Where Kitbag had the exclusive rights to operate the official online stores for clubs including Manchester United, Chelsea and Real Madrid, Fanatics powers the merchandising websites for National Football League, National Hockey League, Major League Baseball and the National Basketball Association. Now that Fanatics has influence with these European clubs, it has firmly established itself in international sport.

“A major vector is growing our global business together,” said Mack. “The expertise that Kitbag brings in football applies very significantly to the US market, whether it’s merchandise or industry knowledge. We expect huge growth of football in the US market, and to be able to provide a global platform for all of the teams that need a partner to market themselves globally.”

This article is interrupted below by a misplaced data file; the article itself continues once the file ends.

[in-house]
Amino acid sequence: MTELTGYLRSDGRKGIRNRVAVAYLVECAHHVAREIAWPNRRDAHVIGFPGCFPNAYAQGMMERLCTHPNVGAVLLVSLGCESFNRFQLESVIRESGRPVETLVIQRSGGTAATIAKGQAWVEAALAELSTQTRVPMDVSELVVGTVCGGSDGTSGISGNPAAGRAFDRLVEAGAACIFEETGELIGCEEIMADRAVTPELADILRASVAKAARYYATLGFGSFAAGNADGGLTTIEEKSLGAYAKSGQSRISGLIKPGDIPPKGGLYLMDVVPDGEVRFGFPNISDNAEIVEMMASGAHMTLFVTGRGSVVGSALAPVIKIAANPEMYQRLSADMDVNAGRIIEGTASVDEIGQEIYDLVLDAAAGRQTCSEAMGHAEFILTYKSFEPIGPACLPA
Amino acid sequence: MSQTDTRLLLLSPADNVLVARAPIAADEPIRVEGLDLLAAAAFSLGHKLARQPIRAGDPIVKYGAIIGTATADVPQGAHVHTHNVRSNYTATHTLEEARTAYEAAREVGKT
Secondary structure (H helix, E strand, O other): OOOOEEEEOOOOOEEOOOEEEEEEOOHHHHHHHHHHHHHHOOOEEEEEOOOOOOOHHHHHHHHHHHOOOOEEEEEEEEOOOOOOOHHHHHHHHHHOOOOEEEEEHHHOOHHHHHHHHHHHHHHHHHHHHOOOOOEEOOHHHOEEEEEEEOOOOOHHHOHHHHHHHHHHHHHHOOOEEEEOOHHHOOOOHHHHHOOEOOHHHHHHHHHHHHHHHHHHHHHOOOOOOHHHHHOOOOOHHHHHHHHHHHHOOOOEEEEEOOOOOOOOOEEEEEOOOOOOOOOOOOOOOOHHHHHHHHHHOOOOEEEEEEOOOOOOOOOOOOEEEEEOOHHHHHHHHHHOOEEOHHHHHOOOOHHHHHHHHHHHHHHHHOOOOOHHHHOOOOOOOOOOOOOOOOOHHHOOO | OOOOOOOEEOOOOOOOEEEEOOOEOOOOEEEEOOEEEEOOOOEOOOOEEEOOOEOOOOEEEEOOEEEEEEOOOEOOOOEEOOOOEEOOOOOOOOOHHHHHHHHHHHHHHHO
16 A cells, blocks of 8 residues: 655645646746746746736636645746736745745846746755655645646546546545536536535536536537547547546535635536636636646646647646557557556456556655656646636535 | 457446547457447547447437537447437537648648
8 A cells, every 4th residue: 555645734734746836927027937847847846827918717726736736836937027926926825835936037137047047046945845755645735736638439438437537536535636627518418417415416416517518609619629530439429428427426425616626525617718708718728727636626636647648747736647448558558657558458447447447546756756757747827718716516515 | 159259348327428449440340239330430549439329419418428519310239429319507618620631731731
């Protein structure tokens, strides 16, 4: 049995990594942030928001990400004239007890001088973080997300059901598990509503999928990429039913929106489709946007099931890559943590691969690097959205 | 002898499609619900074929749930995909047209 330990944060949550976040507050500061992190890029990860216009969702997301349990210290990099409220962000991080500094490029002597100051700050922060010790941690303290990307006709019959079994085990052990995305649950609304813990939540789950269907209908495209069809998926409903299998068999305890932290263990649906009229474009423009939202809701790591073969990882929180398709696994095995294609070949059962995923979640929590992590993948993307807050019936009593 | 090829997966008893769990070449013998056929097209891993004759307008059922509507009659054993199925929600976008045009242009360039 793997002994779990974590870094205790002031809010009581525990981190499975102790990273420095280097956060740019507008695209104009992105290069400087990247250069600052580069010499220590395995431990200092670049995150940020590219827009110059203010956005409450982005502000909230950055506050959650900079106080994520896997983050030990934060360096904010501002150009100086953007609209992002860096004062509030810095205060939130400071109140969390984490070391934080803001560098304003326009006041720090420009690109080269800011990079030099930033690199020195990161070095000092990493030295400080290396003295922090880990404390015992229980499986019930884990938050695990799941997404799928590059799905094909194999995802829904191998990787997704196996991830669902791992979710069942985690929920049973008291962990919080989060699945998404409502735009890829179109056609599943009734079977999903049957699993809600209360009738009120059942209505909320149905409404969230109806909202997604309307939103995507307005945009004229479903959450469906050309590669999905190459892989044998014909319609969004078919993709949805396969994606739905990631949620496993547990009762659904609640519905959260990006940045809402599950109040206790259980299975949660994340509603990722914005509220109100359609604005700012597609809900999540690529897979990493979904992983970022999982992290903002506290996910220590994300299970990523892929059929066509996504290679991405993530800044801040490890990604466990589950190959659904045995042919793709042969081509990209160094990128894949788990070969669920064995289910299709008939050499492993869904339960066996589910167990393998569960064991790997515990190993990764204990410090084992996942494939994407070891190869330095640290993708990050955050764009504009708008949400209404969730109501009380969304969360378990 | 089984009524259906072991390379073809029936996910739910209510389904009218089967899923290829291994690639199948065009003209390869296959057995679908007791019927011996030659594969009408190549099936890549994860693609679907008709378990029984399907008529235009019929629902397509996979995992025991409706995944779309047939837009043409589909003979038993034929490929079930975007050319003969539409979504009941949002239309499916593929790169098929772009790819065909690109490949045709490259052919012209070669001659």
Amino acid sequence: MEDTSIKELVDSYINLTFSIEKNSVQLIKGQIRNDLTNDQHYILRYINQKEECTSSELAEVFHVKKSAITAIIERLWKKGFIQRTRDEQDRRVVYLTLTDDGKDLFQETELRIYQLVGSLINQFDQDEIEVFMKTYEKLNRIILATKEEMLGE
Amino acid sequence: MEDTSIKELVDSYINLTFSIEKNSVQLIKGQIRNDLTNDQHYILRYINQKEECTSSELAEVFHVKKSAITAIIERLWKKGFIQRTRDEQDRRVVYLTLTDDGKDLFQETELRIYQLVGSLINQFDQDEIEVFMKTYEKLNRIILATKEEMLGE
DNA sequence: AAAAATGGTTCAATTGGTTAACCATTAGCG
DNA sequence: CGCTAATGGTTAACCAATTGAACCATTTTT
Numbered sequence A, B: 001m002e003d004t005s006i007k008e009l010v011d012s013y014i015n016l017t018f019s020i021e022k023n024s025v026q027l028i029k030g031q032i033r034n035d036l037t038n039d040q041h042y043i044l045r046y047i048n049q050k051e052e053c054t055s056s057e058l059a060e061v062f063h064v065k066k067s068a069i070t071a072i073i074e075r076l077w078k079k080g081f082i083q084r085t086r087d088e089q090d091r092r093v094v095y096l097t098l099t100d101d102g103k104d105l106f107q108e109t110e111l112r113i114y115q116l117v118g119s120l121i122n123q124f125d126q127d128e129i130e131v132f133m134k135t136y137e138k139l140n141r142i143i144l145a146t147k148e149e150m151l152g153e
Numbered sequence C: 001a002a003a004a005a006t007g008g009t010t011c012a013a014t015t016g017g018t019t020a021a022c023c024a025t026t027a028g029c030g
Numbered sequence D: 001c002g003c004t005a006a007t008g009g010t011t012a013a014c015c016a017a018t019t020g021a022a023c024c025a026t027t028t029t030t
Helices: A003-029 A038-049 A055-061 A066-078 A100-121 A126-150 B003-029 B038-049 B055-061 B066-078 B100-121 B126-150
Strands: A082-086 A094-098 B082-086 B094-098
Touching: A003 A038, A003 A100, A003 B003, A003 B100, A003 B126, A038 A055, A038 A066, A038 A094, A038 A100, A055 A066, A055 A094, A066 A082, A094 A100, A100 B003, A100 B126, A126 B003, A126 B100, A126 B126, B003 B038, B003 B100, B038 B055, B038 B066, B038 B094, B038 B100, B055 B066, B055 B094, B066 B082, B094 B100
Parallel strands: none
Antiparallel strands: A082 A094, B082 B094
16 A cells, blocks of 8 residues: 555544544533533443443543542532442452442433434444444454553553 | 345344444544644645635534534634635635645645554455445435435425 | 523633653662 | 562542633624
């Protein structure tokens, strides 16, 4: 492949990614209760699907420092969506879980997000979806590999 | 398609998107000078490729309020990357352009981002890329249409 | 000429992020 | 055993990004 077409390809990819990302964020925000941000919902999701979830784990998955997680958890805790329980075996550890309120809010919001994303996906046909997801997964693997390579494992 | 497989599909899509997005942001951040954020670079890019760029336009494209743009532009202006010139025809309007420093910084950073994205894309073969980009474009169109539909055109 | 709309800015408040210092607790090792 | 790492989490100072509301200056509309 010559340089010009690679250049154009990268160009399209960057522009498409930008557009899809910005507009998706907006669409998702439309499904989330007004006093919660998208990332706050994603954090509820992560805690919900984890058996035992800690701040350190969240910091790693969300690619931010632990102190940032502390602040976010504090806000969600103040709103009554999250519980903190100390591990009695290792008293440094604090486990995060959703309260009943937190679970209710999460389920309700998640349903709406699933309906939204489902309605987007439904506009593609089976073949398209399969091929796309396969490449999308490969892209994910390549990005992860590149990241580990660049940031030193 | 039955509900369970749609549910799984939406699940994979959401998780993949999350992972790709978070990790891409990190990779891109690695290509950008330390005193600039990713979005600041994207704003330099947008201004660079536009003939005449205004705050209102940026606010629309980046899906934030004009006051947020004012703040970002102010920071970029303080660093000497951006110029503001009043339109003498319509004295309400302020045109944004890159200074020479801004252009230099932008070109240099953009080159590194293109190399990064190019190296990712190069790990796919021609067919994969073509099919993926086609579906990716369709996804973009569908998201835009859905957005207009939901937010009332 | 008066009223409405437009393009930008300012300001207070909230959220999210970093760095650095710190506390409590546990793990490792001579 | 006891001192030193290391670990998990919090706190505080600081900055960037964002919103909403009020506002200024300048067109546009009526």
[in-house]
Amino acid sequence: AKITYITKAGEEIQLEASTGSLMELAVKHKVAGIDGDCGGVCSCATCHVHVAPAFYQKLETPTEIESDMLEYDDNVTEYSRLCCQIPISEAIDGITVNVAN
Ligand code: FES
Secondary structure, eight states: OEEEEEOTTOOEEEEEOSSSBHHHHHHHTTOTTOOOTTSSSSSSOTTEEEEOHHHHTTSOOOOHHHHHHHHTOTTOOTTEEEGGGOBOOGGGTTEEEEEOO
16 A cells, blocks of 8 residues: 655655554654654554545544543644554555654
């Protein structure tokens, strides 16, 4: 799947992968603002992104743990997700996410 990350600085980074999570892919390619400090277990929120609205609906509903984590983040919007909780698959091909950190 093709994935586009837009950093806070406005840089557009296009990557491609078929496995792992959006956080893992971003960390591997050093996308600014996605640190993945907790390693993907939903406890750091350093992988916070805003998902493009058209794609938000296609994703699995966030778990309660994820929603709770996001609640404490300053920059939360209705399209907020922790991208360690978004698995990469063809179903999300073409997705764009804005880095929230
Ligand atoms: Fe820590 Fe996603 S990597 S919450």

Both retailers place an emphasis on ecommerce, selling mostly through physical stores owned by the teams and businesses they partner with.

“It’s been a very smooth, natural transition,” Doug tells me.

“We’re looking for some quick wins, where the businesses can take things from one another to grow. We have a strong list of easily identifiable things to ensure growth. There’s so many factors in terms of marketing, technology, reporting, managing inventory and because our models are so similar it’s been a quick learning curve. We almost can’t run fast enough because there are so many wins across the business to pursue.”